Health Uncategorized

Oh Just A Little Miscommunication

You may or may not remember the whole doctor saga back in December. Well, almost 2 months after my original appointment, I met with a new rheumatologist yesterday. I honestly couldn’t tell you how the appointment went. There was a lot of crying (which was partially due to my elevated pain levels in the first place – I’m home from work today because I feel/felt so awful). My doctor seems to be incredibly nice, and I think, but need to confirm, that he will let me have my infusions at Vanderbilt in Nashville.

There was a period of about 10-15 minutes, though, when I was convinced that he did not think that I had arthritis and/or didn’t want to treat it. He talked only about improving my fibromyalgia treatment. Obviously I became very, very upset, especially since that was the experience I had with my first rheumatologist from Vanderbilt. My experience with her was why I haven’t had a rheumatologist in Nashville in 2 years.

I finally was able to stop the tears and put my concerns into words. When I brought up that my arthritis treatment was helping me and I wanted to stay on it, he asked me (very kindly), “Why would you think that I wanted you to stop it? I never said that.”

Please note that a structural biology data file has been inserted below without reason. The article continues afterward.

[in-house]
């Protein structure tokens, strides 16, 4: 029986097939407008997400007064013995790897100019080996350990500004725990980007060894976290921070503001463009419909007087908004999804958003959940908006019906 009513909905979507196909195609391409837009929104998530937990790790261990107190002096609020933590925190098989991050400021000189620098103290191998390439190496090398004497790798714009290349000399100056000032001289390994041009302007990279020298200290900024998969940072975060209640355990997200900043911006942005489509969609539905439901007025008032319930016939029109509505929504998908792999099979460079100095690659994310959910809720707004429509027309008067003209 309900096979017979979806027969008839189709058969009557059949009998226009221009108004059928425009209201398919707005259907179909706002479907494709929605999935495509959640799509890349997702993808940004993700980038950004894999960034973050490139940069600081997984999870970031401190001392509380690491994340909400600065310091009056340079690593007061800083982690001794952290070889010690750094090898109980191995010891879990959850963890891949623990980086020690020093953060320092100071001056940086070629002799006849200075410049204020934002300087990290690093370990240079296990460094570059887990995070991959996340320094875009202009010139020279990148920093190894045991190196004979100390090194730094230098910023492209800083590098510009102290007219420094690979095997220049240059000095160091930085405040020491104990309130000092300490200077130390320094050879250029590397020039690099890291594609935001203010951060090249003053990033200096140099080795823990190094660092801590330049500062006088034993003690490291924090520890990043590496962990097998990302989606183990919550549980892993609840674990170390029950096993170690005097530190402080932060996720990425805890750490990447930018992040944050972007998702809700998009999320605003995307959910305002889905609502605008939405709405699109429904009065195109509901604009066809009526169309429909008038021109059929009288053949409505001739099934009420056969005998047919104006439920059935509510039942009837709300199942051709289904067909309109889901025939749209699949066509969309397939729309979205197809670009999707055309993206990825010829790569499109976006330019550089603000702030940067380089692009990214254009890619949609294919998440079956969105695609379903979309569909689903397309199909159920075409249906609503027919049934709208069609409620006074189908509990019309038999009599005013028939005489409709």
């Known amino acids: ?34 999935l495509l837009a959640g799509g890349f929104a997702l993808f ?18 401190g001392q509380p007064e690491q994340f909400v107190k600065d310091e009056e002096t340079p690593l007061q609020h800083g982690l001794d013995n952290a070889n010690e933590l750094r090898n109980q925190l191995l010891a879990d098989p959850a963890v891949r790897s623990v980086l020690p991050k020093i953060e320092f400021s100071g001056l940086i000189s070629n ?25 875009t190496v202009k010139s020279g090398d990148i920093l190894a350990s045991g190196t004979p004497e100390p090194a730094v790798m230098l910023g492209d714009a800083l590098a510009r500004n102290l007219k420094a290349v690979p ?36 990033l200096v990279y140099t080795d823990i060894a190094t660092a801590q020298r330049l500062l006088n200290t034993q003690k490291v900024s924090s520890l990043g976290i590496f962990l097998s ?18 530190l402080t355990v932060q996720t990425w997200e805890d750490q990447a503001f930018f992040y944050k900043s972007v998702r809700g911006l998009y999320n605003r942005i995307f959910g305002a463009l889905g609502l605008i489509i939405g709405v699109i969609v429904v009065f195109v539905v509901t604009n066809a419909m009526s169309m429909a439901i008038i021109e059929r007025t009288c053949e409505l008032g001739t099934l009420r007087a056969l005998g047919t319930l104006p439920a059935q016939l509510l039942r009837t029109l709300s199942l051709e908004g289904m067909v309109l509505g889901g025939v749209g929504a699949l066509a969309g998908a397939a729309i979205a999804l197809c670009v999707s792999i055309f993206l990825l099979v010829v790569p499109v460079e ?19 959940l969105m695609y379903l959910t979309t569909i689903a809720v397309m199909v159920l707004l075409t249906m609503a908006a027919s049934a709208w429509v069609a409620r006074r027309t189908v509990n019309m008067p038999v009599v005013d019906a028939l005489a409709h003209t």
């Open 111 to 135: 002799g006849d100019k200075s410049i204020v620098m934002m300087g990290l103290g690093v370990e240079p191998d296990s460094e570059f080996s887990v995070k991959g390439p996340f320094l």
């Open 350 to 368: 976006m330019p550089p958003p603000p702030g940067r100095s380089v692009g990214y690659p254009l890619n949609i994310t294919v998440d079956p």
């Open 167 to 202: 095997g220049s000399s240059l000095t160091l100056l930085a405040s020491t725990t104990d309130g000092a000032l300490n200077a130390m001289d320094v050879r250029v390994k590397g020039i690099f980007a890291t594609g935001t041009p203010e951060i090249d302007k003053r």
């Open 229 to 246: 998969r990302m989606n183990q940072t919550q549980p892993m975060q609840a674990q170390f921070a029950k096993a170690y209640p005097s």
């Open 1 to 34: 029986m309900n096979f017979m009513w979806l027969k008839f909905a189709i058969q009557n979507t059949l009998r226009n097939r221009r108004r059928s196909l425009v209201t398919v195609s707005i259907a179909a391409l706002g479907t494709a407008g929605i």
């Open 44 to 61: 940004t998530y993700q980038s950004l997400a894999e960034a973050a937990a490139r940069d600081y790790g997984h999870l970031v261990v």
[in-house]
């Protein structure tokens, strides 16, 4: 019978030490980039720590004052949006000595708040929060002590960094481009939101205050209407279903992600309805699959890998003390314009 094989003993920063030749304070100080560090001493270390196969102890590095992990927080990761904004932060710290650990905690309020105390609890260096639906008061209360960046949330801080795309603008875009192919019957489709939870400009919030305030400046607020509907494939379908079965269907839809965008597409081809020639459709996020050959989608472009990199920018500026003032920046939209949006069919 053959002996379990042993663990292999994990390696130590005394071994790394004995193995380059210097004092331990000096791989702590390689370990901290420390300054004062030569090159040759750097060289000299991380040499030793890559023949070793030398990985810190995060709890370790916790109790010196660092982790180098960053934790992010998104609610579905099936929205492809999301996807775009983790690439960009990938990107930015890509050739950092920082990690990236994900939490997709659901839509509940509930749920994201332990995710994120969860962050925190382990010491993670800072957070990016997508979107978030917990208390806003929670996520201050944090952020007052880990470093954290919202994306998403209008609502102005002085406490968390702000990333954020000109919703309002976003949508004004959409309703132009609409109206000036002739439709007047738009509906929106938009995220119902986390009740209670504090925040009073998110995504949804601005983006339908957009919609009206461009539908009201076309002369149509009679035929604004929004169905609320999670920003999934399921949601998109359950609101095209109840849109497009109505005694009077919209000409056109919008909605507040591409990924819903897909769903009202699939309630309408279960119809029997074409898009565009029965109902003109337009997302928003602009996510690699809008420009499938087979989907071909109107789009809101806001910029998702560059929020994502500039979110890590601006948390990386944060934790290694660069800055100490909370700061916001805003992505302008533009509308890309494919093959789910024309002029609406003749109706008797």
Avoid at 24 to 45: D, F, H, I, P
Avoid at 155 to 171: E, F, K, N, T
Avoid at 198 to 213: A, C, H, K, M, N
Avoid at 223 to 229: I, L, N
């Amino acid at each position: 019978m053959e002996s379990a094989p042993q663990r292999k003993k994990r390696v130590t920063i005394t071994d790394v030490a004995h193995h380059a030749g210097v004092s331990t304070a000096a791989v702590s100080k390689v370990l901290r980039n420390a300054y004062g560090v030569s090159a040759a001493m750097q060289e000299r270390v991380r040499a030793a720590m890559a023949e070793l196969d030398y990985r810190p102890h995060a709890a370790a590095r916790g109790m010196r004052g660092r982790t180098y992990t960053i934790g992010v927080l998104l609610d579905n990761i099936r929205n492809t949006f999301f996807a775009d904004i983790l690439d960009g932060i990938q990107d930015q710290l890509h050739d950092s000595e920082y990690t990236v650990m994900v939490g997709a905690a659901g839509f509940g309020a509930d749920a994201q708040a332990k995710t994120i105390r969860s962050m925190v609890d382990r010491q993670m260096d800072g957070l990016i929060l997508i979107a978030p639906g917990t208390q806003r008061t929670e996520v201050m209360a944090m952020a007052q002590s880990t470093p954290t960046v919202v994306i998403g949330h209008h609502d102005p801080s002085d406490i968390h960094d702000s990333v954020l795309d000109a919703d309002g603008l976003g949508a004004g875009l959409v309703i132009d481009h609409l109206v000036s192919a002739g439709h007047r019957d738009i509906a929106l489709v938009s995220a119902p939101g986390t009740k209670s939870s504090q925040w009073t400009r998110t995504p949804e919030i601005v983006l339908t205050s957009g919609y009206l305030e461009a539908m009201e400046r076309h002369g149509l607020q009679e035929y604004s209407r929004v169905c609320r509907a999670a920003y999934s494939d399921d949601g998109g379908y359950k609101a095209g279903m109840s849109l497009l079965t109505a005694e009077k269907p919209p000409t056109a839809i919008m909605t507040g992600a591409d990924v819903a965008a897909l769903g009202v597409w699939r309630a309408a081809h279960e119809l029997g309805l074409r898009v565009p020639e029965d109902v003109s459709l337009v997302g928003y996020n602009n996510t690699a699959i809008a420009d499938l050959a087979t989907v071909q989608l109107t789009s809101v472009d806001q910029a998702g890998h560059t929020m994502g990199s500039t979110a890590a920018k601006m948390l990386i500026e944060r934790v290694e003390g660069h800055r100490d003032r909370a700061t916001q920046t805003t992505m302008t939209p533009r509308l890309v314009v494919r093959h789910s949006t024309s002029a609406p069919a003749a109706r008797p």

He’s right. He never explicitly spoke the words “I want you to stop your arthritis treatment.” But here are few of the many ways how he did say it:

“Clearly, suppressing your immune system isn’t doing much.” False. It is the only way I was able to finish college and have a job right now.

“It seems like the issue is fibromyalgia.” How else was I supposed to take this?


“Do you really think that the steroids and anti-inflammatory medications are helping?” Again, how else should I have taken this?

I would not have become nearly as upset had he started off the conversation with, “I don’t want to do anything to the arthritis treatment. But I think I can help your current pain by focusing on fibromyalgia.” Or even if he said, “Let’s not stop any of your medications. Maybe we can add another one for fibromyalgia.” Either of these or a variation of it would have made me feel extremely different.

This miscommunication issue can apply to anyone, in any profession, at any time. I’m sure that I have been a perpetrator of it at some point with my students, despite how much I try. Maybe it’s the English major in me, since I spent 4 years writing papers analyzing what authors said and what they said by not saying something. But I feel like it’s important for everyone to practice saying exactly what they mean, and not just half of what they mean.

Anyone else feel like what you don’t say can mean just as much as what you do say, or do I really put too much emphasis on that?

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